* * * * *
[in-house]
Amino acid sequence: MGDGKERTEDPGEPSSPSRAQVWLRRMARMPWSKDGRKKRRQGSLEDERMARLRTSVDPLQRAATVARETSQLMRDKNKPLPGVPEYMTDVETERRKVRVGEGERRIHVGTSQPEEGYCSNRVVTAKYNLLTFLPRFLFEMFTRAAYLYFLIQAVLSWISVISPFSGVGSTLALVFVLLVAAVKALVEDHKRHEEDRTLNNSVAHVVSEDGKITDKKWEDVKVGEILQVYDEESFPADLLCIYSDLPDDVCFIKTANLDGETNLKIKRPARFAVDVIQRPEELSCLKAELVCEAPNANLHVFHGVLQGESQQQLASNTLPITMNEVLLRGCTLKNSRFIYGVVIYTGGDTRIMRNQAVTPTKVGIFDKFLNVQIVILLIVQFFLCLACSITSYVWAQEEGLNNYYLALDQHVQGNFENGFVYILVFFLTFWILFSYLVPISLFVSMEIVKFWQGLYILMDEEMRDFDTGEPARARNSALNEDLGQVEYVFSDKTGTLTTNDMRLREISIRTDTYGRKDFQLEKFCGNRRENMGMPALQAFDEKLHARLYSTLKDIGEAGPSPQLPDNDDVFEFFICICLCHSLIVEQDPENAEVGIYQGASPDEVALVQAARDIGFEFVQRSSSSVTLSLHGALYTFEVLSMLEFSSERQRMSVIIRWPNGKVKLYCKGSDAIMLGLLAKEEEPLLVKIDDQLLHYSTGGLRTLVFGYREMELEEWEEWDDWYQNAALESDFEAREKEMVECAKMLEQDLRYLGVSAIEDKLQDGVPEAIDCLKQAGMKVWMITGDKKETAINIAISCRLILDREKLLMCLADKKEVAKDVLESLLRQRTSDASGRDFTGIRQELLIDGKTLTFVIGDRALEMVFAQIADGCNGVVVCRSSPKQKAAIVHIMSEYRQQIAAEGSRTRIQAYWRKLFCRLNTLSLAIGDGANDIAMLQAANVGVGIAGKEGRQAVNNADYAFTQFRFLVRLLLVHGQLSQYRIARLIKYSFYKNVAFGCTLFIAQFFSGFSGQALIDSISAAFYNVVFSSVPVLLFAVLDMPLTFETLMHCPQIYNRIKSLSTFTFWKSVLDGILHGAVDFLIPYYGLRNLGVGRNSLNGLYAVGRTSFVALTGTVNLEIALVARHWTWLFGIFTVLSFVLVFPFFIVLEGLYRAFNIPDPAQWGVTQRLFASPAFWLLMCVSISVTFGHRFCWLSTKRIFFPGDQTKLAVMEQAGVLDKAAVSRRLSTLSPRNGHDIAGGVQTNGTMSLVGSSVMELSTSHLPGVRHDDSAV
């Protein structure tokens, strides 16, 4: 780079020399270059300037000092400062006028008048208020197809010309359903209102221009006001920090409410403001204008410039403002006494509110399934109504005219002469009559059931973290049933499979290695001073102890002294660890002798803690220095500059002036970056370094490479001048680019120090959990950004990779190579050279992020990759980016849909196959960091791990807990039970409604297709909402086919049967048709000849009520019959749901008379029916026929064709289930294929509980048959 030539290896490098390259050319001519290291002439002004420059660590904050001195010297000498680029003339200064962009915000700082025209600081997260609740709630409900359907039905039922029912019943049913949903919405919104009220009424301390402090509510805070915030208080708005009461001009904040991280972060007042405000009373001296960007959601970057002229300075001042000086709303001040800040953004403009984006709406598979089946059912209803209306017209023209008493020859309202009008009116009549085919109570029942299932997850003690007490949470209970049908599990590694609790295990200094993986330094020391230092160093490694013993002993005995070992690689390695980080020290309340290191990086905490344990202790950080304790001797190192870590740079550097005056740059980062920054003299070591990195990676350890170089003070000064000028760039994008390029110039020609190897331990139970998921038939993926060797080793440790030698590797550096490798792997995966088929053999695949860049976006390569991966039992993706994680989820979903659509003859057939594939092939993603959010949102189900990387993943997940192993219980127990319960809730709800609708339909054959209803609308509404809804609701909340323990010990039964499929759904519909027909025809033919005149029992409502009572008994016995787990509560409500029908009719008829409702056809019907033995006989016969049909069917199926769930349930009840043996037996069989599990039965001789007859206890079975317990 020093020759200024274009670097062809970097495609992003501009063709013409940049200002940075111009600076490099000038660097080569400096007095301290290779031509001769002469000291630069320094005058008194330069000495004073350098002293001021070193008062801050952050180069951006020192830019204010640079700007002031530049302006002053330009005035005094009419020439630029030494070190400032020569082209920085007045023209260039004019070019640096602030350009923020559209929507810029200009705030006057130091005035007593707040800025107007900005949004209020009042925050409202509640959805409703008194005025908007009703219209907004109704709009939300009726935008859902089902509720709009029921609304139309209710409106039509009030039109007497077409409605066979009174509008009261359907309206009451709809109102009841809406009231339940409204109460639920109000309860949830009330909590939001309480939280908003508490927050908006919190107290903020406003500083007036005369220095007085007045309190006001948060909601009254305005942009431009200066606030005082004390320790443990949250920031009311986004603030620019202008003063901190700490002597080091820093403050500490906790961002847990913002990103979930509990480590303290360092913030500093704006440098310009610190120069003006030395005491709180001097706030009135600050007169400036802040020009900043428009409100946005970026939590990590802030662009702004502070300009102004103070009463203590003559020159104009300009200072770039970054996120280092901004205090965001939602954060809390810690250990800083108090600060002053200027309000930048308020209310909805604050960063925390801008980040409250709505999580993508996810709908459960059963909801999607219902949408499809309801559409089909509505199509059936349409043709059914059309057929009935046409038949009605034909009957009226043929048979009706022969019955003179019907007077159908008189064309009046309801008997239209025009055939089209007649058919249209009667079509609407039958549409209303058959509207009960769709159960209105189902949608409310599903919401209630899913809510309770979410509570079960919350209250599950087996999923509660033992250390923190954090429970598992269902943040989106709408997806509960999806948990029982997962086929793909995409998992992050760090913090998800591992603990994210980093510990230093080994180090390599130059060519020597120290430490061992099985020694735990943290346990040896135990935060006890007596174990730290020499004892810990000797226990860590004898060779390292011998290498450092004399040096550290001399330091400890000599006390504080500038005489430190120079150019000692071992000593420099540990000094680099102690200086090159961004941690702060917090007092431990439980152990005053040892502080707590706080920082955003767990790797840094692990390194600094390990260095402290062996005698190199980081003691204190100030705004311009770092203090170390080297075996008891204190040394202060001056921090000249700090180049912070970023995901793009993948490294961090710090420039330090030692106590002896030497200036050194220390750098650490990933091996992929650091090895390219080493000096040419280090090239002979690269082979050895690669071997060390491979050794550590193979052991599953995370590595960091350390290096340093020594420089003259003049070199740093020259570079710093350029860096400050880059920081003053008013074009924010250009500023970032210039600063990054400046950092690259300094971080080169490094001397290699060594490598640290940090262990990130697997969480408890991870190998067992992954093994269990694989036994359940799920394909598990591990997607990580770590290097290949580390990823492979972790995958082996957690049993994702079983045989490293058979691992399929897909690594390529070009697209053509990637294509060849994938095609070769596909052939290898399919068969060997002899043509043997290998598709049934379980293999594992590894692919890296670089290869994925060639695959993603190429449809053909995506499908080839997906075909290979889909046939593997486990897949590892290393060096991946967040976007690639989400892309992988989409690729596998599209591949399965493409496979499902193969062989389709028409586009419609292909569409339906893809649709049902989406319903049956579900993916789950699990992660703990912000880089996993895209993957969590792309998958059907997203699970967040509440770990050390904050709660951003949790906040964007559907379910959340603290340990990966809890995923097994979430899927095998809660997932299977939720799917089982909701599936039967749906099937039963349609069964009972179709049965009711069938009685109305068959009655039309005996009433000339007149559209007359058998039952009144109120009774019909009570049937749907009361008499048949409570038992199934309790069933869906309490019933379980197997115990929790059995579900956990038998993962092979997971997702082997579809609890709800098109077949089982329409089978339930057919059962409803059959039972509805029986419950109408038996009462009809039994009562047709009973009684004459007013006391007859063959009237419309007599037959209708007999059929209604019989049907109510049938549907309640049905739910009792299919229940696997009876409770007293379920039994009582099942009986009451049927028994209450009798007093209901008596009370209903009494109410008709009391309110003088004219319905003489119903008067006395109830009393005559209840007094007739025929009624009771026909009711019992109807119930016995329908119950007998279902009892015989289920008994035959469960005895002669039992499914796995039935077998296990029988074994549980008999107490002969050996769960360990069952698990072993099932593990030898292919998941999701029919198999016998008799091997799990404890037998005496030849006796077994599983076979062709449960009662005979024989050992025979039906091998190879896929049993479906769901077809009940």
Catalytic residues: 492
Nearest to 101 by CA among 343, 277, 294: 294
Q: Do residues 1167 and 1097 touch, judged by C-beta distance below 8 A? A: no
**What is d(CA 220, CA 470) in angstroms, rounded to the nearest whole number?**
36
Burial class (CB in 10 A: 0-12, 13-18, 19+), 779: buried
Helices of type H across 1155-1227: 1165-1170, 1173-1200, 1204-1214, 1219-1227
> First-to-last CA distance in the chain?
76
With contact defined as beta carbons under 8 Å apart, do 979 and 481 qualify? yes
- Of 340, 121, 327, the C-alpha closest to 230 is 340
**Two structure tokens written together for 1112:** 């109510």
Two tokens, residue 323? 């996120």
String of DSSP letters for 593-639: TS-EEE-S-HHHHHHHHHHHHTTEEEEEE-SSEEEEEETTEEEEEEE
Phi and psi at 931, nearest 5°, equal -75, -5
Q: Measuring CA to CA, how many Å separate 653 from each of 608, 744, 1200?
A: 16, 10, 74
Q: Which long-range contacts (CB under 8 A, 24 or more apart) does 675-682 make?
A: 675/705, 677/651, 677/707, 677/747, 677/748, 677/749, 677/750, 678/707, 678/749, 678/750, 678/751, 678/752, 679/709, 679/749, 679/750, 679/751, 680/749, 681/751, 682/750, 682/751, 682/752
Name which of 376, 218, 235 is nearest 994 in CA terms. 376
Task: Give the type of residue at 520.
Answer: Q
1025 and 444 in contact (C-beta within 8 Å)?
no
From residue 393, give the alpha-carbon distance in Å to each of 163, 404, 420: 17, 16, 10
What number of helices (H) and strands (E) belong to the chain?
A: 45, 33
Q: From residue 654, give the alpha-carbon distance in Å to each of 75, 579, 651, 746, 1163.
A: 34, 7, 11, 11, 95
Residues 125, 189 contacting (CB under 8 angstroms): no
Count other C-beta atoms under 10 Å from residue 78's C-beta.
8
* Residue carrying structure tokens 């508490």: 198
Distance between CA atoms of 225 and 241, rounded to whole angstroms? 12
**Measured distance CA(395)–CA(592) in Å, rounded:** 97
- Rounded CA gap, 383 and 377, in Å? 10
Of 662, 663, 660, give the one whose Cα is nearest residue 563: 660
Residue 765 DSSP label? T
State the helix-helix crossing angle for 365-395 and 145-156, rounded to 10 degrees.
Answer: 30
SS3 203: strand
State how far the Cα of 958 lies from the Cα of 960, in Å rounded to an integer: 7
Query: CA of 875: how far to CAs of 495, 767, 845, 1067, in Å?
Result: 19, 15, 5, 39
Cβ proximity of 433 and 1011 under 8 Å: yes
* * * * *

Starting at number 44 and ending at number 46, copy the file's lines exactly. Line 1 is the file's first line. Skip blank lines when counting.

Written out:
SS3 203: strand
State how far the Cα of 958 lies from the Cα of 960, in Å rounded to an integer: 7
Query: CA of 875: how far to CAs of 495, 767, 845, 1067, in Å?